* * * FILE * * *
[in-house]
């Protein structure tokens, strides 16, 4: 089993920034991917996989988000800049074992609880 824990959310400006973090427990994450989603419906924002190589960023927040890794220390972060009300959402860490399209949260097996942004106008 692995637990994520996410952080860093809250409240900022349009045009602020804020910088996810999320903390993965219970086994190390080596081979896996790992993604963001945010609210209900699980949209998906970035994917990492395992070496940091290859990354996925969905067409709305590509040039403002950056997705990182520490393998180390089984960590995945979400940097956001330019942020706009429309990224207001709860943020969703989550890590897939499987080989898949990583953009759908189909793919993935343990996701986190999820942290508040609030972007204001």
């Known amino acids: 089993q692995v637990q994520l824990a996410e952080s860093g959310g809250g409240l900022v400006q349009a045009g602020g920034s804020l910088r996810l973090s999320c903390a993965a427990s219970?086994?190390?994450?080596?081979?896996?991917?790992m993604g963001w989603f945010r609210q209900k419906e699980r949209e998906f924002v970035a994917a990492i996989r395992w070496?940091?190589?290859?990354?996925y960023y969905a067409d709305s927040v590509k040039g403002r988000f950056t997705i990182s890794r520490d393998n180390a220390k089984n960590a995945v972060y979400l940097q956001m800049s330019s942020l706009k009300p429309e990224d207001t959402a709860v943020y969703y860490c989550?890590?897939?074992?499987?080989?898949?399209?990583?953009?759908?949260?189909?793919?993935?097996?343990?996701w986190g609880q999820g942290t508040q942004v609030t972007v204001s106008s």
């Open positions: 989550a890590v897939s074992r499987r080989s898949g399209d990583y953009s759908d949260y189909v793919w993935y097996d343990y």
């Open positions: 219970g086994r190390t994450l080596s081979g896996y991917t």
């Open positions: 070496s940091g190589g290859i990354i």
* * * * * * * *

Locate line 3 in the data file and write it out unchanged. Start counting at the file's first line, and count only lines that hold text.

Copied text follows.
């Known amino acids: 089993q692995v637990q994520l824990a996410e952080s860093g959310g809250g409240l900022v400006q349009a045009g602020g920034s804020l910088r996810l973090s999320c903390a993965a427990s219970?086994?190390?994450?080596?081979?896996?991917?790992m993604g963001w989603f945010r609210q209900k419906e699980r949209e998906f924002v970035a994917a990492i996989r395992w070496?940091?190589?290859?990354?996925y960023y969905a067409d709305s927040v590509k040039g403002r988000f950056t997705i990182s890794r520490d393998n180390a220390k089984n960590a995945v972060y979400l940097q956001m800049s330019s942020l706009k009300p429309e990224d207001t959402a709860v943020y969703y860490c989550?890590?897939?074992?499987?080989?898949?399209?990583?953009?759908?949260?189909?793919?993935?097996?343990?996701w986190g609880q999820g942290t508040q942004v609030t972007v204001s106008s």